Green-letter day for Ireland as young environmentalists take over

Thousands of Irish students join school strikes across the planet

 Children from Glasnevin Educate Together National School in Dublin holding a  protest  to raise awareness of the urgency for positive action in addressing climate change. Photograph: Colin Keegan, Collins Dublin

Children from Glasnevin Educate Together National School in Dublin holding a protest to raise awareness of the urgency for positive action in addressing climate change. Photograph: Colin Keegan, Collins Dublin

 

Friday March 15th, 2019, will go down as a green-letter day in Ireland when a new generation of young environmentalists, energised by a lack of adult action on climate change, took over the national stage.

With public protests scattered throughout the country, the day of action by school climate strikers added up to an environmental stance of unprecedented scale.

More than 11,000 marched in Dublin; some 5,000 in Cork, a 1,000 in Ennis, 500 in Maynooth. There were thousands more at 35 venues on the island of Ireland.

Their action was in solidarity with 16-year-old Greta Thunberg who embarked on a lone strike outside the Swedish parliament last year. That sparked the Fridays For Future movement – an unstoppable force made possible by the good side of social media networks.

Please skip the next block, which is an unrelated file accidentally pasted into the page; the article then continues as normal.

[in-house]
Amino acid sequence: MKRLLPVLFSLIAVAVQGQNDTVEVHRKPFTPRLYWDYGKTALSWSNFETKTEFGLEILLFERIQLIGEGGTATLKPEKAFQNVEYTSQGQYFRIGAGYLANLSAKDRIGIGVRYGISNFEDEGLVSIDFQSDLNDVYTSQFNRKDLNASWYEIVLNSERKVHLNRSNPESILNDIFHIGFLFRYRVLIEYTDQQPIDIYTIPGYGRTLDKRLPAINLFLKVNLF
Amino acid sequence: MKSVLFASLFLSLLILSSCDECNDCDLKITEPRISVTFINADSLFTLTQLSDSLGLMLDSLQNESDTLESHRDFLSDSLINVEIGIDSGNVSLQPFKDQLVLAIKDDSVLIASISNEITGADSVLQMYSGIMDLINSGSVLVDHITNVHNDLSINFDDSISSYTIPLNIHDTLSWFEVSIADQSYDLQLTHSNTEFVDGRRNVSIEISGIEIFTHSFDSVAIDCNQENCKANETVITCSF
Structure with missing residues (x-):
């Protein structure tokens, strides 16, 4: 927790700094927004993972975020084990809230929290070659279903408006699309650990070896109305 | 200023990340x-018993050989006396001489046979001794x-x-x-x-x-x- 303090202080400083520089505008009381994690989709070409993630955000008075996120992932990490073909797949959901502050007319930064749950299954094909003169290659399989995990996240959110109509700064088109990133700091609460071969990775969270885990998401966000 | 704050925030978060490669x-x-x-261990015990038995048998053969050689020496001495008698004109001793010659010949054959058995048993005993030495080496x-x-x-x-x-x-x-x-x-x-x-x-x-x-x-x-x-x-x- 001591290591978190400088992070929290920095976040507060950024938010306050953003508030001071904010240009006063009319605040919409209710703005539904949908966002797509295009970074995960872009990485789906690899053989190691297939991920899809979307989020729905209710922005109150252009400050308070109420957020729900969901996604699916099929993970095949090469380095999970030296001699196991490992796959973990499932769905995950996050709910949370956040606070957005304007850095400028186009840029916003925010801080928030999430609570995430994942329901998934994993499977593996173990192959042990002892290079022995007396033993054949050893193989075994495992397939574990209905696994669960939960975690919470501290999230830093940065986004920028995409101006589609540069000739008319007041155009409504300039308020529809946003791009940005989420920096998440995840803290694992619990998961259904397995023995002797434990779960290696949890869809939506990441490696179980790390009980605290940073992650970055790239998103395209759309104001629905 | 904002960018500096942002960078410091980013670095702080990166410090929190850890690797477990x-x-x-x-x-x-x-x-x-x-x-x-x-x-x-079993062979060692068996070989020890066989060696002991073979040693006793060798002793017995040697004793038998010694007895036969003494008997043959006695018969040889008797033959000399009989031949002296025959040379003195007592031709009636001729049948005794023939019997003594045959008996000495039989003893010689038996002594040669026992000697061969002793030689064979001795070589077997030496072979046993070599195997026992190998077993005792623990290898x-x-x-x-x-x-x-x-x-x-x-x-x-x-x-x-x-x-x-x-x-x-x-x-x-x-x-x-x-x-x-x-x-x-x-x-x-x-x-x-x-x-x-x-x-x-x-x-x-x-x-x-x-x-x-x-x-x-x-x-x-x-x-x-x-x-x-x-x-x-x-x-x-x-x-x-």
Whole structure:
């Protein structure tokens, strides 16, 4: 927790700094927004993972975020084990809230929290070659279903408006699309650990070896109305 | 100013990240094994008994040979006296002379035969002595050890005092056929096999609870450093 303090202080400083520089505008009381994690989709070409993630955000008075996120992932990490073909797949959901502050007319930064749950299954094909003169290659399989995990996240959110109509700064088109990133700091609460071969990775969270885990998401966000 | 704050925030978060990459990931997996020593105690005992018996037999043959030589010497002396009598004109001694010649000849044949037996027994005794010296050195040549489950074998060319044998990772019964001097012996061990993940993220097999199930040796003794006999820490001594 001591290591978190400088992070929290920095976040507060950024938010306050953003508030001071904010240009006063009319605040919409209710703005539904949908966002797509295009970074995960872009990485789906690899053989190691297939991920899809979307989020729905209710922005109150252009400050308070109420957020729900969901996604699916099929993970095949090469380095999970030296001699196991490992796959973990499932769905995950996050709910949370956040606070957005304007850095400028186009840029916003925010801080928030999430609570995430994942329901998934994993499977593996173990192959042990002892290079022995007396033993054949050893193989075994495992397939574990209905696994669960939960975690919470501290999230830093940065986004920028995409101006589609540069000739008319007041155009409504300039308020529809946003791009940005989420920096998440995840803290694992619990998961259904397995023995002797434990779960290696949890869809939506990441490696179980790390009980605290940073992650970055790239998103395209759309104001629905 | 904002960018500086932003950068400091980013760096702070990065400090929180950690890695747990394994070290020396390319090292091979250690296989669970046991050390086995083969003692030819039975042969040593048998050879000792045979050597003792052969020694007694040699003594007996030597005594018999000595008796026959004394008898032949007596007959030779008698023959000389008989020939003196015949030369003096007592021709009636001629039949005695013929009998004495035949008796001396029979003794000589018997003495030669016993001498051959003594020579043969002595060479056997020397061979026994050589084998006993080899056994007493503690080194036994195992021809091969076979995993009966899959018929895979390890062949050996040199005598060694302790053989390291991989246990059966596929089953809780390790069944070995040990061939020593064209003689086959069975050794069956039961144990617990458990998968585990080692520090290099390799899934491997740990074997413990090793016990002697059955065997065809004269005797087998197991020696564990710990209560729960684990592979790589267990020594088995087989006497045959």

It culminated on Friday with its biggest statement yet; co-ordinated “school strikes” held across the planet from the South Pacific to the edge of the Arctic Circle.

With the backing of a solar-powered sound system, Theo Cullen-Mouze, a 16-year-old from Clare Island in Co Mayo, told the Dublin crowd: “Greta Thunberg has inspired me. We owe her more than mere words . . . Humanity has created a problem and humanity must solve it.”

He added: “Today I’m afraid for my future. Today, I’m afraid for the future of my 13-year-old sister . . . I’m afraid for the future of my family. I’m afraid for the future of humanity. But today I have hope. I see the faces of people who care. I see the faces of people who are tired of being told we don’t understand.”

The hundreds of posters on display had a disarming directness about the climate issue and political failure to address it.

“March now or swim later. . . The oceans are rising – so are we . . .Tick tock Taoiseach . . . Listen to your Mother. . . We are all in the same boat . . . Operation Green Nation....Human change not climate change...Show the Earth what it’s worth...Why study for a future when we won’t have a future.”

One displayed close to the stage was an arresting colour painting of Greta Thunberg with the words “Dublin for Climate Action”.

The teenager herself was continuing to deliver her blunt message, firmly aimed at adults and especially politicians. She told a rally in Stockholm that the world faces an “existential crisis, the biggest crisis humanity ever has faced, and still it has been ignored for decades. And you know who you are, you that have ignored this”.